Chapter 7: Factoring

# 7.6 Factoring Quadratics of Increasing Difficulty

Factoring equations that are more difficult involves factoring equations and then checking the answers to see if they can be factored again.

Example 7.6.1

Factor .

This is a standard difference of squares that can be rewritten as , which factors to . This is not completely factored yet, since can be factored once more to give .

Therefore, .

This multiple factoring of an equation is also common in mixing differences of squares with differences of cubes.

Example 7.6.2

Factor .This is a standard difference of squares that can be rewritten as , which factors to . This is not completely factored yet, since both and can be factored again.

and

This means that the complete factorization for this is:

Example 7.6.3

A more challenging equation to factor looks like . This is not an equation that can be put in the factorable form of a difference of squares. However, it can be put in the form of a sum of cubes.

In this form, factors to .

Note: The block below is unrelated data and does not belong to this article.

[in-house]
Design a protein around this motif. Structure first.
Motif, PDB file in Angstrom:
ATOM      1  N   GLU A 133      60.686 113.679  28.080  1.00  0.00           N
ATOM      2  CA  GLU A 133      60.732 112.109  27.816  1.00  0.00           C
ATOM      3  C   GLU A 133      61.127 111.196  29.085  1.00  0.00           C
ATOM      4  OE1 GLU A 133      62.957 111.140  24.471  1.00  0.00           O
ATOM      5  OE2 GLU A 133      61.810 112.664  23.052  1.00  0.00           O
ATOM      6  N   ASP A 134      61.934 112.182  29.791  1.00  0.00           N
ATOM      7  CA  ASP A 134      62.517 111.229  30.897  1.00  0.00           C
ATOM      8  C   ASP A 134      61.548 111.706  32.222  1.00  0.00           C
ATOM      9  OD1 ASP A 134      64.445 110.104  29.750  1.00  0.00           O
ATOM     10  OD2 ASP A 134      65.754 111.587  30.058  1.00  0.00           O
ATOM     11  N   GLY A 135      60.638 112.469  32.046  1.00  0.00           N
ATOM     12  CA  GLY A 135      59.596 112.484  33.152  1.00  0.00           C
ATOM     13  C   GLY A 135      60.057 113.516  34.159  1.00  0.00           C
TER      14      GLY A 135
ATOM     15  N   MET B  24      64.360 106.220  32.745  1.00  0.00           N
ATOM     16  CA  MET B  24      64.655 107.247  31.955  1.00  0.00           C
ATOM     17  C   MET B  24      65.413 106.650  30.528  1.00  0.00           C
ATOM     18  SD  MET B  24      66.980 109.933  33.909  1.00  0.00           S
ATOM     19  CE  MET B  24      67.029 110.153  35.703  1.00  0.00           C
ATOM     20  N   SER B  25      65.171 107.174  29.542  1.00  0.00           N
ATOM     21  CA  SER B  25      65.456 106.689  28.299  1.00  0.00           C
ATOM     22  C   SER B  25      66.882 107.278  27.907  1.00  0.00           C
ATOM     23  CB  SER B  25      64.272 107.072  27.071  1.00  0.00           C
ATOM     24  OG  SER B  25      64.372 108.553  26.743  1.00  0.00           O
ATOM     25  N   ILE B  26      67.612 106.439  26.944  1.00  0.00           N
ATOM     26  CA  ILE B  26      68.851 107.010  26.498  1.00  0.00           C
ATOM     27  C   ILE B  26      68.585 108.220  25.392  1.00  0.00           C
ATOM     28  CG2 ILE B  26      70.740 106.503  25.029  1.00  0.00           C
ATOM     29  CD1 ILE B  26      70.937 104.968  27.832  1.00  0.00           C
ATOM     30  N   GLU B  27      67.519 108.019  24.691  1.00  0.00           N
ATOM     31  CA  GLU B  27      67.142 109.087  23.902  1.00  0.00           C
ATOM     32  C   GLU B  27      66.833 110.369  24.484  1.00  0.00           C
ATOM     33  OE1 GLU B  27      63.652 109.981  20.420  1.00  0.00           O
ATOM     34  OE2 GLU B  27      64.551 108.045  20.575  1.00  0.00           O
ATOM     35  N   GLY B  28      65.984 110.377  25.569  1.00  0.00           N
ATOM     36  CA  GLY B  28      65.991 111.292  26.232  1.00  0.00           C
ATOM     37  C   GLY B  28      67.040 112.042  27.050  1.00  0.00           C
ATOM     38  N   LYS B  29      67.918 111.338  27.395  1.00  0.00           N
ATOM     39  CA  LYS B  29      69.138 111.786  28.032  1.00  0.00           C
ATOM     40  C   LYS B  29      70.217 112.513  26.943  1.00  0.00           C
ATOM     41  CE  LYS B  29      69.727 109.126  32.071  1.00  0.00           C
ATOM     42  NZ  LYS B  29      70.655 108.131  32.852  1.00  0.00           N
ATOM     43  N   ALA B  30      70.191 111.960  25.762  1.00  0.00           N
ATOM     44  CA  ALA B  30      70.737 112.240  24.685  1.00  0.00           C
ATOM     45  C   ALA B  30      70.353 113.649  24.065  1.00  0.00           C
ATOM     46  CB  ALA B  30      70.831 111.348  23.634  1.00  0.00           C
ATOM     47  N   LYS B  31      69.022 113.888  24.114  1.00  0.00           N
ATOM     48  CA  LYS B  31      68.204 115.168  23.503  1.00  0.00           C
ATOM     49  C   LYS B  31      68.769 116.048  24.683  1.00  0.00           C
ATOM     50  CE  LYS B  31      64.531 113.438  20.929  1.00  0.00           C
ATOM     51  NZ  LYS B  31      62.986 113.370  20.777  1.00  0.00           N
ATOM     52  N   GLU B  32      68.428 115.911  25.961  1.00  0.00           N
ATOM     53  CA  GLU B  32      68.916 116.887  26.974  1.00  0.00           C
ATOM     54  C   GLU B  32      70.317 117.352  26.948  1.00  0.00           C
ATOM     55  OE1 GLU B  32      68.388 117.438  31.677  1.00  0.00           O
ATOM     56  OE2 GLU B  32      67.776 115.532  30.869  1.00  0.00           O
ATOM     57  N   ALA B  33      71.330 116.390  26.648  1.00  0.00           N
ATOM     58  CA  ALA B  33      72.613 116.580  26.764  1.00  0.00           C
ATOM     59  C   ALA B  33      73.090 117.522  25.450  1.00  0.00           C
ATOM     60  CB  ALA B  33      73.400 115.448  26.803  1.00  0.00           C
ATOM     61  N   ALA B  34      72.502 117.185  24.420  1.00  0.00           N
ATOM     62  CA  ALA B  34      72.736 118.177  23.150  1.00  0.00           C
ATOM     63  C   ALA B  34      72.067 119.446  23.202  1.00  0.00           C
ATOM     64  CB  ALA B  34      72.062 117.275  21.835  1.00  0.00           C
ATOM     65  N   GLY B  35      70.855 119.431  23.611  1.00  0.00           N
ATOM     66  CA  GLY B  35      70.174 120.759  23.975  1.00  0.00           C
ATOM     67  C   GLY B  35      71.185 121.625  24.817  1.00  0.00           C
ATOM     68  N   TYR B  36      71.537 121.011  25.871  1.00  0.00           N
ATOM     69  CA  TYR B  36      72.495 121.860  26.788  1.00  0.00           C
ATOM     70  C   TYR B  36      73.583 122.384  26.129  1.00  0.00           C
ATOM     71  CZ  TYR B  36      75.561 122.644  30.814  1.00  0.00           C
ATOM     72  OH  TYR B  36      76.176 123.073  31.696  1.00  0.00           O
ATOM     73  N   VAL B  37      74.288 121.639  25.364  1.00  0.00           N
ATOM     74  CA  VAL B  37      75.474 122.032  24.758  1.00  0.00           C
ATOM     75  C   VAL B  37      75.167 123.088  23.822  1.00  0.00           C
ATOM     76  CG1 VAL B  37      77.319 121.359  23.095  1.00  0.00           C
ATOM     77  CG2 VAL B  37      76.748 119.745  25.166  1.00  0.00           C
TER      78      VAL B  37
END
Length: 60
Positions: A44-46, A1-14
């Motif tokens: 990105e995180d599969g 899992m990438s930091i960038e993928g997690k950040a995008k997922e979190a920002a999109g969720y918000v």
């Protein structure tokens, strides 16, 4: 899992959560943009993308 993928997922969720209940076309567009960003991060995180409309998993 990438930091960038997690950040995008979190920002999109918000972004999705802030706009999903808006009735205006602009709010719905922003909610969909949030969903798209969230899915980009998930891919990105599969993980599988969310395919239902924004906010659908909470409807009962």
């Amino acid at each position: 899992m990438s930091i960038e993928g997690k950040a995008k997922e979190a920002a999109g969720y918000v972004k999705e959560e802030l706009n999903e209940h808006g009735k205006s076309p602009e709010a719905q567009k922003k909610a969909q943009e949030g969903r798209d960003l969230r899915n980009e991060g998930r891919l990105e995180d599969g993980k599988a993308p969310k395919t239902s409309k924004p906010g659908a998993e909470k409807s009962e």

Therefore, .

Example 7.6.4

Consider encountering a sum and difference of squares question. These can be factored as follows: factors as a standard difference of squares as shown below:

Simplifying inside the brackets yields:

Which reduces to:

Therefore:

Examples 7.6.5

Consider encountering the following difference of cubes question. This can be factored as follows:

factors as a standard difference of squares as shown below:

Simplifying inside the brackets yields:

Sorting and combining all similar terms yields:

Therefore, the result is:

# Questions

Completely factor the following equations.

<a class=”internal” href=”/intermediatealgebraberg/back-matter/answer-key-7-6/”>Answer Key 7.6